By ALICE MIRANDA OLLSTEIN
The 46-48 vote comes just a few months before the Supreme Court is to rule on half-century old protections for the procedure and before the midterm elections.
The Senate failed to advance the Women’s Health Protection Act on Monday night — leaving Democratic advocates and lawmakers wondering what else, if anything, the party can do to protect abortion rights as they come under attack from federal courts and Republican-led states.
The 46-48 vote comes just a few months before the Supreme Court is to rule on half-century old protections for the procedure and before the midterm elections, when many expect Democrats to lose control of one or both chambers of Congress.
“It is a dark, dark time for women’s reproductive rights,” Senate Majority Leader Chuck Schumer told reporters ahead of the vote. “We cannot simply stand by and let this happen. There is too much at stake.”
Yet Schumer and other leading Democrats did not have a clear answer Monday on what they plan to do to shore up abortion rights ahead of the Supreme Court’s expected decision to limit or eliminate Roe v. Wade, and largely cast the vote as a referendum on the issue ahead of the midterm elections.
“We, and the American people, will find out whose side our colleagues are on,” Sen. Tammy Baldwin (D-Wis.) told reporters.
The bill, which progressive lawmakers have pushed since 2013, would have gone further than codifying Roe v. Wade into federal law by barring states from enacting restrictions on abortion both later and earlier in pregnancy. The House narrowly passed the legislation last fall, but unanimous opposition from Republicans as well as opposition from Joe Manchin (D-W.Va.) in the Senate led to it coming up short of the 60 votes needed to advance. Sen. Susan Collins (R-Maine), one of the few Republicans who has voiced support for abortion rights, also voted to stop the measure from moving forward, telling reporters the bill would have “very troubling” implications for religious freedom.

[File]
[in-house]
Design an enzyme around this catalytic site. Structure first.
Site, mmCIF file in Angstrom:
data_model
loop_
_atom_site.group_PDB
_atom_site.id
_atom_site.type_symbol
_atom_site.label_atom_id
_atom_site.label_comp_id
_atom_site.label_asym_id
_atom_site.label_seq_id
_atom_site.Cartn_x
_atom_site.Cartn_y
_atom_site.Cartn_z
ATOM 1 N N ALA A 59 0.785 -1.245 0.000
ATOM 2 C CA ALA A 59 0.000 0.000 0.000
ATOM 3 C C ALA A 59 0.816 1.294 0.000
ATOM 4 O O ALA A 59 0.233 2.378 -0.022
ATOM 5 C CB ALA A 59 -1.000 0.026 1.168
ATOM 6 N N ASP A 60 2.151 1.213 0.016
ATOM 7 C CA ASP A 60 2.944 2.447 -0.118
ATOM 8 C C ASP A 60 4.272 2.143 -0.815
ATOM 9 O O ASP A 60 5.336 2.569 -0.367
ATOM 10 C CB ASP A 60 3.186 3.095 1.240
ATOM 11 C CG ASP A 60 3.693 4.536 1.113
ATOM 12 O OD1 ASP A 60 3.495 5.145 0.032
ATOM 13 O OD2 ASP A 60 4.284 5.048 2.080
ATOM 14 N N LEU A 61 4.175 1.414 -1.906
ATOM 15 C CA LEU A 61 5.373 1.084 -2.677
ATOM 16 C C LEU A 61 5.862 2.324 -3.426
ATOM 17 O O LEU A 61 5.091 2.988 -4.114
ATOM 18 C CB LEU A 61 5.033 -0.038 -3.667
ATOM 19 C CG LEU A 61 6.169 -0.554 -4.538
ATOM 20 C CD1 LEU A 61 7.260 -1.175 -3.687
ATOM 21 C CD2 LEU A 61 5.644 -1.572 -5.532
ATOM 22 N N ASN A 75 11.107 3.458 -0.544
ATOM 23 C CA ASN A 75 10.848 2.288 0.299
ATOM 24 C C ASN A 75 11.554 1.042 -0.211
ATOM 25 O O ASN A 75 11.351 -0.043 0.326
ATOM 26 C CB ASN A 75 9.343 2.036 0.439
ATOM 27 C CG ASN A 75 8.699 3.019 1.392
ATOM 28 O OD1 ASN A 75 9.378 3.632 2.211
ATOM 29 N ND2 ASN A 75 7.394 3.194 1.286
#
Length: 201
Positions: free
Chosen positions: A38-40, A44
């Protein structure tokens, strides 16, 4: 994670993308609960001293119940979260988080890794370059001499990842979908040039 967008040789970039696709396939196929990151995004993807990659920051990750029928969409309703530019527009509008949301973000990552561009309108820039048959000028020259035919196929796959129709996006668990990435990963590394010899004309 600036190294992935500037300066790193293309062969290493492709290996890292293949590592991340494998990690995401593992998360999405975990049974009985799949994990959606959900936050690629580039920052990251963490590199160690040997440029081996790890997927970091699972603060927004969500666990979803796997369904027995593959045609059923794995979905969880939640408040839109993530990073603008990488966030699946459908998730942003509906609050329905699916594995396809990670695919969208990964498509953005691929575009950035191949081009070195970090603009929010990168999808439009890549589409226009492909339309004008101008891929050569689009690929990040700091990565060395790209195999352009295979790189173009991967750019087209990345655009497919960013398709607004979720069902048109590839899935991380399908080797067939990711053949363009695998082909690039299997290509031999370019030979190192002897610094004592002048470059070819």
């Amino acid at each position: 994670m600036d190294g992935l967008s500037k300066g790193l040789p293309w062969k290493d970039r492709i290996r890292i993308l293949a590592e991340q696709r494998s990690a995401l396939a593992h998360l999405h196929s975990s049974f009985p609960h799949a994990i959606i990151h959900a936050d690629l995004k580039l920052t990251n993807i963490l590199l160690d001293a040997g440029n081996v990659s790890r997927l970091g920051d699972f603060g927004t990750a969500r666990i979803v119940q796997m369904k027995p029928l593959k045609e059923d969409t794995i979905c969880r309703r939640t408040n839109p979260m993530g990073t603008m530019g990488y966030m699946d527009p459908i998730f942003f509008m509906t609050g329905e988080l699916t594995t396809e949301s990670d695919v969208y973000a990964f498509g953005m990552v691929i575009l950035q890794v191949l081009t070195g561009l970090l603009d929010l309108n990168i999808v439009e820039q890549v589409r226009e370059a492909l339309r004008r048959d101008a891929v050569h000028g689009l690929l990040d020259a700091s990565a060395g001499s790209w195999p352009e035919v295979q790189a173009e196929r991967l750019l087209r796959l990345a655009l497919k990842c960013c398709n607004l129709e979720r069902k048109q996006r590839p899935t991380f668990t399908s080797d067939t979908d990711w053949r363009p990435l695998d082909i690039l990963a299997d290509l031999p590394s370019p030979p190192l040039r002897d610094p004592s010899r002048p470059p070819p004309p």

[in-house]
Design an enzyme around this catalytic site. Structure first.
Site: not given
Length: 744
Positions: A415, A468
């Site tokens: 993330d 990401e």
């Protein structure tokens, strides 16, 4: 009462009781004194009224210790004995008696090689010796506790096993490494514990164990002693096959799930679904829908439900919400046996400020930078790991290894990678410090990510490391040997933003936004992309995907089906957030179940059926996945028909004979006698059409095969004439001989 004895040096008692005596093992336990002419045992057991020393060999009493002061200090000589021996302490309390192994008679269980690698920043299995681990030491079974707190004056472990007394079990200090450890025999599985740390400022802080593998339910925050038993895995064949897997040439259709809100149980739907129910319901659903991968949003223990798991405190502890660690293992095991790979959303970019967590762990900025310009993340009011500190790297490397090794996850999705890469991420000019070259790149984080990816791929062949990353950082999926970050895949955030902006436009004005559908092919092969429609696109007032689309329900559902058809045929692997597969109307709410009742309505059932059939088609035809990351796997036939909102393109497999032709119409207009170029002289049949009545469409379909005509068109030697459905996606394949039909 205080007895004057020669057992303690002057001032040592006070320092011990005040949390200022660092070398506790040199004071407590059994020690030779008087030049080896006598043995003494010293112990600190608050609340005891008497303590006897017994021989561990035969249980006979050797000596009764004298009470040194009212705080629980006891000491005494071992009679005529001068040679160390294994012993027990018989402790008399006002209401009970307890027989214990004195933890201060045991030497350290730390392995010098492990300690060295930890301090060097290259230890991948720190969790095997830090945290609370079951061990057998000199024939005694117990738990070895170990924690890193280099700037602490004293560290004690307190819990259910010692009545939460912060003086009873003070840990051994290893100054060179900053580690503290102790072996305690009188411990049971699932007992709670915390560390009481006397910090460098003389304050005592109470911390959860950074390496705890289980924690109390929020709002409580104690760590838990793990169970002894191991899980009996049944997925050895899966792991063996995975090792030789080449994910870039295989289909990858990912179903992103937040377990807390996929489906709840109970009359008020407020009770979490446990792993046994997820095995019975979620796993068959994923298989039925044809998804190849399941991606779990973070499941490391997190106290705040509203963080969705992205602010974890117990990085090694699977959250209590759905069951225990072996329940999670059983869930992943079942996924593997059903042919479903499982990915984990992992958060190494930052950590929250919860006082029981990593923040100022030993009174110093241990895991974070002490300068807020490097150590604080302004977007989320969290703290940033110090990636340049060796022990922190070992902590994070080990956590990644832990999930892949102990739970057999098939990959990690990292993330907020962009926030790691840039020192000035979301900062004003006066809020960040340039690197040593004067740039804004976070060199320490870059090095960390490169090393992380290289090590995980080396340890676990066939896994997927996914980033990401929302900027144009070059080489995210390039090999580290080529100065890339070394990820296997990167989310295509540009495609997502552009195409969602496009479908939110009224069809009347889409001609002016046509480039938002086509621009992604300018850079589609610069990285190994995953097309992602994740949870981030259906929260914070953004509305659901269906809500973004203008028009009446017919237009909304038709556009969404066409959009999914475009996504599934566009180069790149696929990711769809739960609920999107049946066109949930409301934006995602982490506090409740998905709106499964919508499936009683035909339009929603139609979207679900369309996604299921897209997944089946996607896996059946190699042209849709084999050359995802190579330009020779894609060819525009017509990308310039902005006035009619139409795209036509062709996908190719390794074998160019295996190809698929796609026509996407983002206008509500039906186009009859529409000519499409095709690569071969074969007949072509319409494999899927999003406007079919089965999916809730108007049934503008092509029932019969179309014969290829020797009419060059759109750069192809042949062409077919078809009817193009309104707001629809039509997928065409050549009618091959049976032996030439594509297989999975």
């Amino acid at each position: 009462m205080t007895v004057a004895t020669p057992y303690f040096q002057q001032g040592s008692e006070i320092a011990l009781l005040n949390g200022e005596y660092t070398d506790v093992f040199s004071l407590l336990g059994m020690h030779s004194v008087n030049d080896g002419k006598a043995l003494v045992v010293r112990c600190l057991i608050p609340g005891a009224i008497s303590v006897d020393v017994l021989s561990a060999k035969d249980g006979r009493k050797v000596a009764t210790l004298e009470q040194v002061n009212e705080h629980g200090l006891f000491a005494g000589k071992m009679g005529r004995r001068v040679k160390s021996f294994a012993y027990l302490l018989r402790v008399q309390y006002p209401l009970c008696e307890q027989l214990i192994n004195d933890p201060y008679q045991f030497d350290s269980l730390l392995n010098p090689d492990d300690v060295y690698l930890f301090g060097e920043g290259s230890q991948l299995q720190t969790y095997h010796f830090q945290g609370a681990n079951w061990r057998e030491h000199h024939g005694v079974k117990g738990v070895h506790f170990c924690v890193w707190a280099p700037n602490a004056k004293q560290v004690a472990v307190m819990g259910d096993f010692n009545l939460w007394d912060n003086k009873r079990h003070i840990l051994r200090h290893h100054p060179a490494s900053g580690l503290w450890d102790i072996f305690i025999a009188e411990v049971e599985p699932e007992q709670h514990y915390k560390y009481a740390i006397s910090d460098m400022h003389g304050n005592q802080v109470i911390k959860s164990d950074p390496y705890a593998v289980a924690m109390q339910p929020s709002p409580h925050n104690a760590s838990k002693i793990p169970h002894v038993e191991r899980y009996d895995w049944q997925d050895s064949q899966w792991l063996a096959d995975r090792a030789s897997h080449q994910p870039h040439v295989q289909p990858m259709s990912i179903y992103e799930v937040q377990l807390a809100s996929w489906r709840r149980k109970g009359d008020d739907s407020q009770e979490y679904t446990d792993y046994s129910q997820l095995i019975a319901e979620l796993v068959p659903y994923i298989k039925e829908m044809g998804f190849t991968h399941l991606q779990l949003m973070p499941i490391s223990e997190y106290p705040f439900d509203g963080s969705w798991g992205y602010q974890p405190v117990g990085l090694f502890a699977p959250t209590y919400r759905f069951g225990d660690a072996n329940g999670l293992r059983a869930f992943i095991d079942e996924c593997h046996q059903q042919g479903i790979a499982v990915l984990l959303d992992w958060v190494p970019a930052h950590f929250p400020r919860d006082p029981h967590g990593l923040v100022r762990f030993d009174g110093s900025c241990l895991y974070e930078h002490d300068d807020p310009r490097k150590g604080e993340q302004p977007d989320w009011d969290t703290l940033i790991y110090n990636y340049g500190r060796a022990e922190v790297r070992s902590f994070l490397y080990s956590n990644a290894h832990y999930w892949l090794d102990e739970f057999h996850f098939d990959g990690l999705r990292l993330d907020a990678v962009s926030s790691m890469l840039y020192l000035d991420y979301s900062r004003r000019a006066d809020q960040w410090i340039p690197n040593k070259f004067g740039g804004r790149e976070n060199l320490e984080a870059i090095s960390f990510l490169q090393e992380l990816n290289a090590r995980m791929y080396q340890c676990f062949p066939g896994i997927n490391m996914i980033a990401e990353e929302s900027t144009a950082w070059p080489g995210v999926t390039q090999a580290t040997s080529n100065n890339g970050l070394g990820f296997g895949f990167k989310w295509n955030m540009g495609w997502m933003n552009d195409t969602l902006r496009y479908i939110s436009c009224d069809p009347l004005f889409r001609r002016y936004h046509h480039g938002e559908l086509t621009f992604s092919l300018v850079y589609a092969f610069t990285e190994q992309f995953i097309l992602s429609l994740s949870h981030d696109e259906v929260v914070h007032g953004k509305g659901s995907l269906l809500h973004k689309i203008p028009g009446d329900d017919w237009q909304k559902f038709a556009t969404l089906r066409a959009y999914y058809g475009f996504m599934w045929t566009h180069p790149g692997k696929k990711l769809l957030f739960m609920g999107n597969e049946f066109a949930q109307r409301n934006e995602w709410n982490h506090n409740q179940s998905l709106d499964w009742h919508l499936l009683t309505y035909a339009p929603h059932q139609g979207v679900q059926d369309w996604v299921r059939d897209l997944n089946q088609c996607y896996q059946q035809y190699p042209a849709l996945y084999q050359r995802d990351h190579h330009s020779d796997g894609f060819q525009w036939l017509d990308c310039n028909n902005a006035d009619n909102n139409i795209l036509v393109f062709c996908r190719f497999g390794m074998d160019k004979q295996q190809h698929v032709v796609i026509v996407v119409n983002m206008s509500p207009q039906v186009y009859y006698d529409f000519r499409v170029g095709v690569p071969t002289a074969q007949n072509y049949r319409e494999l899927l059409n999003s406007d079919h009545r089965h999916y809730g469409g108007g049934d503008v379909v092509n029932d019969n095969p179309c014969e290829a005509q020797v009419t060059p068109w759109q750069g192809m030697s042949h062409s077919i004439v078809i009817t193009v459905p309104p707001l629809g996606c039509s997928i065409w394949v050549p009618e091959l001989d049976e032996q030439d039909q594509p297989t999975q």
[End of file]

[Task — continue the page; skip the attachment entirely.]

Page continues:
Both abortion-rights and anti-abortion-rights groups mobilized ahead of the Senate vote, ramping up pressure on the more conservative Democrats and more moderate Republicans whose votes were seen as getable. Powerful conservative groups like Susan B. Anthony List and Students for Life of America led demonstrations outside the Capitol on Monday, and said they were “scoring” the vote and using it to determine which lawmakers to support in future races.
“We will work tirelessly to hold members of Congress accountable for their votes,” said SBA List President Marjorie Dannenfelser.
Republican senators blasted the bill in speeches ahead of the vote, comparing abortion to infanticide and accusing Democrats of extremism.
Despite the bill’s failure, supporters of the measure argue that holding the vote helped highlight the six-month anniversary of Texas’ six-week abortion ban taking effect and the Supreme Court decision on the fate of Roe v. Wade, which is expected before the end of June. They also said the vote recorded how members stand on abortion rights heading into the midterm elections.
“This vote will be a rallying cry in November,” predicted Sen. Richard Blumenthal (D-Conn.), the lead author of the bill. “This vote is going to awaken a lot of people who grew up taking reproductive rights for granted.”
But progressive advocates say Democrats in Congress and the Biden administration must do more before then to protect abortion rights.
“As state legislative chambers escalate their aggressive assaults on reproductive freedoms, we need lawmakers at all levels of government to step up in this moment of crisis,” Planned Parenthood President Alexis McGill Johnson stressed in a statement following the vote.
Two top priorities abortion-rights supporters are now pushing are stronger action from the FDA against states restricting the distribution of abortion pills and Congress passing a budget that lifts the longstanding ban on federal spending on abortion.
“We’re going to continue advocating at the state level but eventually Congress is going to need to fix this,” said Nancy Northup, the president of the Center for Reproductive Rights, which is fighting a Mississippi abortion ban now before the Supreme Court. “Not every state is going to be able to protect their citizens on this front.”
However, Democrats on Capitol Hill have all but conceded that they lack the votes to lift the Hyde amendment, which has blocked nearly all federal funding for abortion since the 1970s.